REVIEW: T.H.U.N.D.E.R. Agents #1

T.H.U.N.D.E.R. Agents #1

Written by Nick Spencer 

Art by Cafu & Bit (inks)

Colors by Santiago Arcas

Letters by Swands

$3.99 / 40 Pages / Full Color 

DC Comics

Funny joke: Nick Spencer came out of nowhere, like a bolt of lightning unheralded by thunder. There were rumblings, I am told. Rumbling I was not personally privy to. But no audible boom. Just a flash of light. And riding in on that light were comics. High profile comics. Gorgeous comics, all. The Jimmy Olsen co-feature. The creator owned Morning Glories. And among other things, the revitalization of that old chestnut,T.H.U.N.D.E.R. Agents.

Wait. Who?

I will confess. I know next to nothing about Wally Wood's original T.H.U.N.D.E.R. Agents (which shall hereafter be known as THUNDER Agents, because I keep hitting the periods while still holding the shift key and ending up with T>H>U>). So, for me, and likely man of you, this first issue will read like the debut installment of another creator owned superhero title. All you really need to know is that these heroes are contracted by the United Nations, are a special brand of legacy characters, and…you might not want to get too attached to them. I'm not talking about cancellation either. In Spencer's vision, characters are super soldiers only serving as the most recent incarnations of Lightning, Dynamo, Raven, Vulcan, and the rest. Because accepting the job also means signing their own death warrants. In other words, with great power comes grave responsibility. Stop throwing rotten pumpkin guts at me and listen. This is serious. These people are all going to die! But thanks, DC, for not including that asterisk on the cover in all caps. Because there's more going on here.

And I kind of get most of it.

But not all of it.

And that's okay.

Remember that this is about a government ops team. There's some cloak and dagger involved. Double crosses and double agents. And I think triple agents. Or single agents posing as double agents. There's a lot of integers is what I'm saying. And as one new agent puts it, it's a little like an episode of Get Smart. This reads like Rucka's Checkmate, with teeth not so tightly clenched. To make room for some tongue in cheek sensibility. It's not bonkers, but it's playful. So this dusty old team from the 60s actually reads quite fresh. Part of that has to do with the rate of turnover, but more than a little is due in part to Spencer's energetic voice.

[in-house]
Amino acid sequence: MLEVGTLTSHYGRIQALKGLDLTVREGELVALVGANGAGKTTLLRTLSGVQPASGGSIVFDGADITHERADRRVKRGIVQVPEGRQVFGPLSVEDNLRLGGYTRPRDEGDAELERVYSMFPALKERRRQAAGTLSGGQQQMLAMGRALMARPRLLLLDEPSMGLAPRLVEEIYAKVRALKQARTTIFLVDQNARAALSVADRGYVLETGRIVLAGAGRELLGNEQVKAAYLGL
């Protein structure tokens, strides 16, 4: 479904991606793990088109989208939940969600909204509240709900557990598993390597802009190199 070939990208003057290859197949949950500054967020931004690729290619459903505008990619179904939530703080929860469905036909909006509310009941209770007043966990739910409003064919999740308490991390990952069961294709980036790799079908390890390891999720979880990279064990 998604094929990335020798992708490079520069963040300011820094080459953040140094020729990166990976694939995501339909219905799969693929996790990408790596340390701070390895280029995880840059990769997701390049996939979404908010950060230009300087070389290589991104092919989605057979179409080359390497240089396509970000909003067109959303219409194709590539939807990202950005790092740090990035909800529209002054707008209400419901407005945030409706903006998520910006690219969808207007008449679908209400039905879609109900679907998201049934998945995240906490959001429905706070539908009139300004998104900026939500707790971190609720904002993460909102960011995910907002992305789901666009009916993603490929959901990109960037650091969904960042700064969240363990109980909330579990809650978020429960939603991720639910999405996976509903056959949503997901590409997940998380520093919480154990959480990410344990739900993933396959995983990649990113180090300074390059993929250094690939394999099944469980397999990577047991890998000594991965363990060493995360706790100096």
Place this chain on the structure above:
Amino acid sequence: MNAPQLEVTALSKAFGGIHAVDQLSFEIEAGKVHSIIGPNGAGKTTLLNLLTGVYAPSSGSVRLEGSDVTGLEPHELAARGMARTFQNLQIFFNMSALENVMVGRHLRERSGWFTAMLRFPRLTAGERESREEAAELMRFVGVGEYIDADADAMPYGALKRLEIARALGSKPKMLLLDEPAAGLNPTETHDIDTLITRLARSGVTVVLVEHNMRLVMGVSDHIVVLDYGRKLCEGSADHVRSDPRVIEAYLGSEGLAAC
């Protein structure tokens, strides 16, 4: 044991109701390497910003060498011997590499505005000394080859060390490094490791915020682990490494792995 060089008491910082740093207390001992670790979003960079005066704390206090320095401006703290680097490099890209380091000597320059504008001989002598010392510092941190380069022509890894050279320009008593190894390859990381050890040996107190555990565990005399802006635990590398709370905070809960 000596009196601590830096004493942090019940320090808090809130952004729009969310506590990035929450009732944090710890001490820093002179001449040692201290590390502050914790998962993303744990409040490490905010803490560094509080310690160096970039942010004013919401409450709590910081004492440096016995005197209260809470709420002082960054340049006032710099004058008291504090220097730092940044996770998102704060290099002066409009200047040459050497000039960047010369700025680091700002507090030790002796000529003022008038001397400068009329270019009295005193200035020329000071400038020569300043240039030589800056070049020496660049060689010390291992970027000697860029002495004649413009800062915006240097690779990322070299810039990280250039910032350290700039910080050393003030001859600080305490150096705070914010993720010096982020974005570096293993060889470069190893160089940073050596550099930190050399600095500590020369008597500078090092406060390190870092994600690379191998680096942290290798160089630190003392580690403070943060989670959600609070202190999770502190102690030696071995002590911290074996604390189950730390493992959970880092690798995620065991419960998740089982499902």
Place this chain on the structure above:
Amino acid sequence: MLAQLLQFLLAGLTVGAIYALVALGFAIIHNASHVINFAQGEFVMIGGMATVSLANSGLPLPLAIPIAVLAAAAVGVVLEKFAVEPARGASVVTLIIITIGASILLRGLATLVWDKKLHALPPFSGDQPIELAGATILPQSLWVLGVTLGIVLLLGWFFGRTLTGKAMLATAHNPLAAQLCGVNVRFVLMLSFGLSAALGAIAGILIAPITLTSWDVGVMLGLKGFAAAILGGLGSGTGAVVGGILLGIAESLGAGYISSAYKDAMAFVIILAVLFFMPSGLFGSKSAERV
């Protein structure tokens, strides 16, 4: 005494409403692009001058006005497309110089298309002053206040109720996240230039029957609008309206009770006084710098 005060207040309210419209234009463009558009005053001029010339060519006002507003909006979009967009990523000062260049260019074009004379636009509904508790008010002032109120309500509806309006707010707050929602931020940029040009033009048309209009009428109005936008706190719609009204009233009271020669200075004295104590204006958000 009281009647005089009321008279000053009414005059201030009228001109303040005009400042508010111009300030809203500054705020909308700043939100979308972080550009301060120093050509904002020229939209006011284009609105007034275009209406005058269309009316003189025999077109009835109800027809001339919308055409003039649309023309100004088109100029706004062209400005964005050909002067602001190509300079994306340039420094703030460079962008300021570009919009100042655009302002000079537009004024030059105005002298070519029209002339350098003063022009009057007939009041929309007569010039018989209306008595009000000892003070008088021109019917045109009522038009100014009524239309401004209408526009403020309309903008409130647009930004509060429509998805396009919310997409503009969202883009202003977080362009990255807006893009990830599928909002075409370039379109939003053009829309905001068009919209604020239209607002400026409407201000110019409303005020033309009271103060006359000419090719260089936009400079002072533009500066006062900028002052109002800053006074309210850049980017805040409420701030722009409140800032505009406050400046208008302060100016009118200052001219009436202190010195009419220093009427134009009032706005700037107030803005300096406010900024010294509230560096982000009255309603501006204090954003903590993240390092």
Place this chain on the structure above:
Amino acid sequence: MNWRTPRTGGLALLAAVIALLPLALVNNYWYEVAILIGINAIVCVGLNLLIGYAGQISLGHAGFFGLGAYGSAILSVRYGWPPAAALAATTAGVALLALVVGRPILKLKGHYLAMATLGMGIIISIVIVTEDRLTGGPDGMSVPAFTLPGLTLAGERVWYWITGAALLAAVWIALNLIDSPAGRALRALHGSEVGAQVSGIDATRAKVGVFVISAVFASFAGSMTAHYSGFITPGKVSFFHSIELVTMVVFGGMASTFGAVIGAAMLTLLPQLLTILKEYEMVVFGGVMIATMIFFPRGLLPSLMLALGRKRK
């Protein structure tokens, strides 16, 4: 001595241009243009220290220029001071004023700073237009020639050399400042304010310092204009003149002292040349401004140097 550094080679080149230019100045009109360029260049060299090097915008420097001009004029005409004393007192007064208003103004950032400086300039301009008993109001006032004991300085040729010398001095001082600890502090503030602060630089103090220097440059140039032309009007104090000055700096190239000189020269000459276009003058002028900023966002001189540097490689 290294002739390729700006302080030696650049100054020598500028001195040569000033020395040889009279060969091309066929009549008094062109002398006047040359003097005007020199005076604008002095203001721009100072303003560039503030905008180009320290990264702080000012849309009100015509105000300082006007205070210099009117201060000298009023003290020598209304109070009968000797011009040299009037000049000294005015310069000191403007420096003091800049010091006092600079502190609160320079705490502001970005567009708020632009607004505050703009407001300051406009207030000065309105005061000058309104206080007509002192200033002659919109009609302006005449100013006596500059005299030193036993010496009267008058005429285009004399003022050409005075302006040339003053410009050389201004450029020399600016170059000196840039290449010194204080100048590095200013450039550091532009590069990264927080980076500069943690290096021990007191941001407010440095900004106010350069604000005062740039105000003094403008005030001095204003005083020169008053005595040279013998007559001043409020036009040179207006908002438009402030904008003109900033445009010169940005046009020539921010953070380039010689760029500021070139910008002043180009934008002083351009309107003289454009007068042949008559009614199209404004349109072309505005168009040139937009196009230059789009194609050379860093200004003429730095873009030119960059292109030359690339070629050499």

Admittedly, I was thrown off just briefly. There's a bit of jumping around in the first few pages. Cuts to eleventh months later followed by another to twelve months prior. It's disorienting, like a flashback within a flashback or Starbuck's portion size system. But it's ultimately a minor wrinkle and may or may not be part of the issue's joke about a convoluted double, no triple, no double, no single cross betrayal during the extraction of an operative from THUNDER's age-old enemy SPIDER. It's like watching deleted scenes from Rubicon out of order. A comically frustrating bureaucratic nightmare.

There's still more. Science. A number crunching god-machine consisting of soggy humans floating in a big ol' Bacta tank. A human engine to drive the database which locates new potential agents. We even see a few of the THUNDER Agent heroes keel over and die, kill-switches activated during a riot. This is just the beginning, and we're still meeting the team and their handlers. But it's all very impressive and compelling and fun. Normally I might begrudge Spencer's tendency to slip Jeopardy trivia into his characters' casual conversation, but there's so much going on, and the tone so playful, that quips and colorful factoids feel wholly appropriate.

Then there's Cafu. I will refer to Cafu as an advanced hive mind. A cosmic organism without gender or limit. The C.A.F.U. system hovering, undulating, floating, flickering over the drawing table like a bioluminescent orb of artistic integrity. Whoever or whatever Cafu is, Cafu is very good at what Cafu does. Cafu is like great Cassaday. Cafu is like a transcendental union of great Cassaday and McKelvie and Quitely. The C.A.F.U. system is a very good system indeed.